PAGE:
Additionally, Hertz said the state works to equalize revenue across counties — which he said then helps residential property taxpayers. For instance, if five counties see a windfall from, say, oil and gas revenue, some of the money goes to help other counties without those extra dollars.
“You need to redistribute that to make sure it’s fair,” Hertz said.
Montana has only two major types of taxes, income and property, and Hertz said it’ll take a citizens’ initiative to get a governor to sign off on a sales tax.
He also said the legislature considered many tax bills, but many of them failed, including some of his own bills in his own committee. For example, Hertz said one bill would have made levies sunset sooner, but it didn’t get traction.
But Commissioner Slotnick, a Democrat, and Bucks, who led the Department of Revenue from 2005 to 2013, also argued one troubling thread in the debate about taxes is an attempt to undercut the work of local government.
For example, local governments are criticized for their budgets, but Slotnick said two-thirds of Missoula County’s funds does not come from local property taxes but from competitive grants. He said Missoula earns that money because of its skilled staff.
“Measuring government budgets is not a proxy for measuring taxation,” Slotnick said.
Local government also operates under a cap set by the legislature; it can’t raise taxes by more than half the rate of inflation. But Slotnick said that math doesn’t work when the county goes out to buy, say, new sets of tires for its deputies.
He said new growth sits outside that cap, so the county must “grow or die.” But new growth also doesn’t pay for itself, Slotnick said: “You see the riddle, right?”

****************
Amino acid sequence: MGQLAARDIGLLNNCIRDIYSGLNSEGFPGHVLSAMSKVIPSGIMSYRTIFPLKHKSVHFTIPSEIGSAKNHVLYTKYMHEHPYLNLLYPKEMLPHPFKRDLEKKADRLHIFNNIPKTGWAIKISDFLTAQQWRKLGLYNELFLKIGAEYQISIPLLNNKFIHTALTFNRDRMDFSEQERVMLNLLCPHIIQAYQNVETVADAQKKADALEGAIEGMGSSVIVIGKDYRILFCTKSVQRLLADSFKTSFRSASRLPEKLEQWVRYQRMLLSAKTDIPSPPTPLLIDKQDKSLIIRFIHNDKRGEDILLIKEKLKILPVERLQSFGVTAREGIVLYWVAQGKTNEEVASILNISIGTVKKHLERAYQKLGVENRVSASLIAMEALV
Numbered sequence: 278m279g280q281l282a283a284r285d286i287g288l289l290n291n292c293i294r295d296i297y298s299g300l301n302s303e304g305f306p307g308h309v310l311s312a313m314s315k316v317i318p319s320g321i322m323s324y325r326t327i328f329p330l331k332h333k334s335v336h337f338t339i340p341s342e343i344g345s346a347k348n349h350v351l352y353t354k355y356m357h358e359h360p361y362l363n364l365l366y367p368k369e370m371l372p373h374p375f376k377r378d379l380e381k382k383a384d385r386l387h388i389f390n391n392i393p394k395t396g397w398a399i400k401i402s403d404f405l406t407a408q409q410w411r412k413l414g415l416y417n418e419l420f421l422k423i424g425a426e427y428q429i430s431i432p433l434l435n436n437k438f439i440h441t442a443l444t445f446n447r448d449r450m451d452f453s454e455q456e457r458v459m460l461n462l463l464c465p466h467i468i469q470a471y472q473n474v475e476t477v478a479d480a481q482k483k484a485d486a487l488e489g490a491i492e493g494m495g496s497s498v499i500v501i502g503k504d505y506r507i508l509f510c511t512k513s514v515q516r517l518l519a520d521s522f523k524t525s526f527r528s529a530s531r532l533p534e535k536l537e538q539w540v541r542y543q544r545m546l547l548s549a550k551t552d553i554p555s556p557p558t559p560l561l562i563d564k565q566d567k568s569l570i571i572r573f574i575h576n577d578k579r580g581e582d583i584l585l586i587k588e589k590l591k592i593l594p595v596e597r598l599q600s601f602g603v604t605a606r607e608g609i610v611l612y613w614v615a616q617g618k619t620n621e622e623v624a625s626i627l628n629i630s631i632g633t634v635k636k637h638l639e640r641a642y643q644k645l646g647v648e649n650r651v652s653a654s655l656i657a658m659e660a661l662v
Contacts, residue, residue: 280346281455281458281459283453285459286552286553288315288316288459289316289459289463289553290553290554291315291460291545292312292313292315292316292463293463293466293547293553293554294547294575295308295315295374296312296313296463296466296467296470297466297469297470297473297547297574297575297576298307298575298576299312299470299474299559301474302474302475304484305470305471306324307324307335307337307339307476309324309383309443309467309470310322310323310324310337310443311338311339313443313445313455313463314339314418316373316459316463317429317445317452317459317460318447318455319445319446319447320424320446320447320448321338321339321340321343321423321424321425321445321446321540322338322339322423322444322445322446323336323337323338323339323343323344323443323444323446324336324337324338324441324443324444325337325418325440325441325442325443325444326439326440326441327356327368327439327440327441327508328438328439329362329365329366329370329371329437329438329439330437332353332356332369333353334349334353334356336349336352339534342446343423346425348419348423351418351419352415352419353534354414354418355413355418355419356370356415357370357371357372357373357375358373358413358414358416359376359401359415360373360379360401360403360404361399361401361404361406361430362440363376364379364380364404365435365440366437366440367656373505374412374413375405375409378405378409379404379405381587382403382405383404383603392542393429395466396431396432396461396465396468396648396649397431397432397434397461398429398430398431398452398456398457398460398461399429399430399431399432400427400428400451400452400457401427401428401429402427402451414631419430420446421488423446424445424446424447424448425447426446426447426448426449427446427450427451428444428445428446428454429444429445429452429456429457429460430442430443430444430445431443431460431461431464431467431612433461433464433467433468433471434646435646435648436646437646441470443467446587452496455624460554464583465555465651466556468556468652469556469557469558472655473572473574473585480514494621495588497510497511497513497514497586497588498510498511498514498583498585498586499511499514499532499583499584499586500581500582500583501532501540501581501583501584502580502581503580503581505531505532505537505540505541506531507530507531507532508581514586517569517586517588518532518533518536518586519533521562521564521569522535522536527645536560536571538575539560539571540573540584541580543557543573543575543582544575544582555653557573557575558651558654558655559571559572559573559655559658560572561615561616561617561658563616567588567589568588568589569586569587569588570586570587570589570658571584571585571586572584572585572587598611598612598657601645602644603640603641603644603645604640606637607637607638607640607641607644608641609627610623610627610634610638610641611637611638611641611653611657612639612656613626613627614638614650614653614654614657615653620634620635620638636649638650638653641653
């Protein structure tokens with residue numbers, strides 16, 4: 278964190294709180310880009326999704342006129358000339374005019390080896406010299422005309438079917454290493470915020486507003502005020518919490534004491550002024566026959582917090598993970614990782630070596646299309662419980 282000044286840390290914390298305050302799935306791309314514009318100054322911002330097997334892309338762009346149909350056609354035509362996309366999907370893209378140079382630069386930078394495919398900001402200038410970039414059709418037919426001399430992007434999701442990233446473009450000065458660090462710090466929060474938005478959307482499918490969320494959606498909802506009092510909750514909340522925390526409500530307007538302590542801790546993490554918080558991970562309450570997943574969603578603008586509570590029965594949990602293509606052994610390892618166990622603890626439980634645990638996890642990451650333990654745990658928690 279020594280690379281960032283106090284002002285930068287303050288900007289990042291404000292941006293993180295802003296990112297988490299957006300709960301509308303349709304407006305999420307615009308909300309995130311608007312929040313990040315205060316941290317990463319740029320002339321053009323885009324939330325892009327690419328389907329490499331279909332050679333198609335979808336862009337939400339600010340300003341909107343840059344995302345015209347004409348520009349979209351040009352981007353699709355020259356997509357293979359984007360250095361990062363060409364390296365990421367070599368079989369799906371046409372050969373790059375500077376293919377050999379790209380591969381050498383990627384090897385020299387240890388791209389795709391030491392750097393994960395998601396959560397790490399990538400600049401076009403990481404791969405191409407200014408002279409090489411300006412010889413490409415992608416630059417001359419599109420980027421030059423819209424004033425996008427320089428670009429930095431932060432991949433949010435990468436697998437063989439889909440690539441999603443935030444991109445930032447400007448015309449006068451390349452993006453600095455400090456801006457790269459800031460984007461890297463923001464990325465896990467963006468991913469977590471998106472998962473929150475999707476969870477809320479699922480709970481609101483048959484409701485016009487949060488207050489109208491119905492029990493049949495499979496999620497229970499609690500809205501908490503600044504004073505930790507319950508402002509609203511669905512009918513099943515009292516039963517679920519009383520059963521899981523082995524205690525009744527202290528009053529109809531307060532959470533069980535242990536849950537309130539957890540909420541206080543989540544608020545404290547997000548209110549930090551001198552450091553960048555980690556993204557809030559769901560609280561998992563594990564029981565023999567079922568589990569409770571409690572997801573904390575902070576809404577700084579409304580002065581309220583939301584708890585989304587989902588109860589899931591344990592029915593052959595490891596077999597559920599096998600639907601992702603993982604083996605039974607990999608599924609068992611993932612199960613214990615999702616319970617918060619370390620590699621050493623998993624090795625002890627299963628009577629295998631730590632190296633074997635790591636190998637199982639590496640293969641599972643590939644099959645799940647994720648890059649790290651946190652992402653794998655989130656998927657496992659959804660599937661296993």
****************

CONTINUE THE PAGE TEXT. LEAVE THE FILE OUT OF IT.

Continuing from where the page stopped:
This year, however, even if the county said it wasn’t going to increase its budget at all, Slotnick said people’s property taxes would still go up. He said that’s because of the burden shift onto residential property taxpayers by the legislature.
Slotnick said one morning outside a local bakery, a man holding a coffee and a pastry recognized him and quizzed him.
“What do you guys even do?” Slotnick said he was asked.
Slotnick said he ticked off some examples from that very moment: The water used to brew the man’s coffee was clean, the kitchen that made his pastry was inspected, he was standing on a sidewalk stamped 1931 thanks to the foresight of local government, and the adjacent street had sewer and water and broadband utilities underneath.
“The problem here is local government has been great — and invisible,” Slotnick said. “We’ve come to believe that our safe, secure, predictable high functioning society is our birthright as hardworking Montanans.”
But he said it’s no one’s birthright. Rather, he said it’s a conscious decision that people make to come together and share resources to create a place.
“That’s local government, and that’s taxes,” Slotnick said.
Hertz said the legislature will take up other tax ideas in 2025.
He said one idea Slotnick has for a tourist tax might be a win-win. Slotnick said it would tax things that mostly tourists use, spend the income to provide property tax relief, and send a chunk to the state so it can redistribute it to counties that don’t experience the costs or benefits of tourism.
“We’ve got a lot of work to do, but I do feel like there’s a glimmer of hope,” Slotnick said.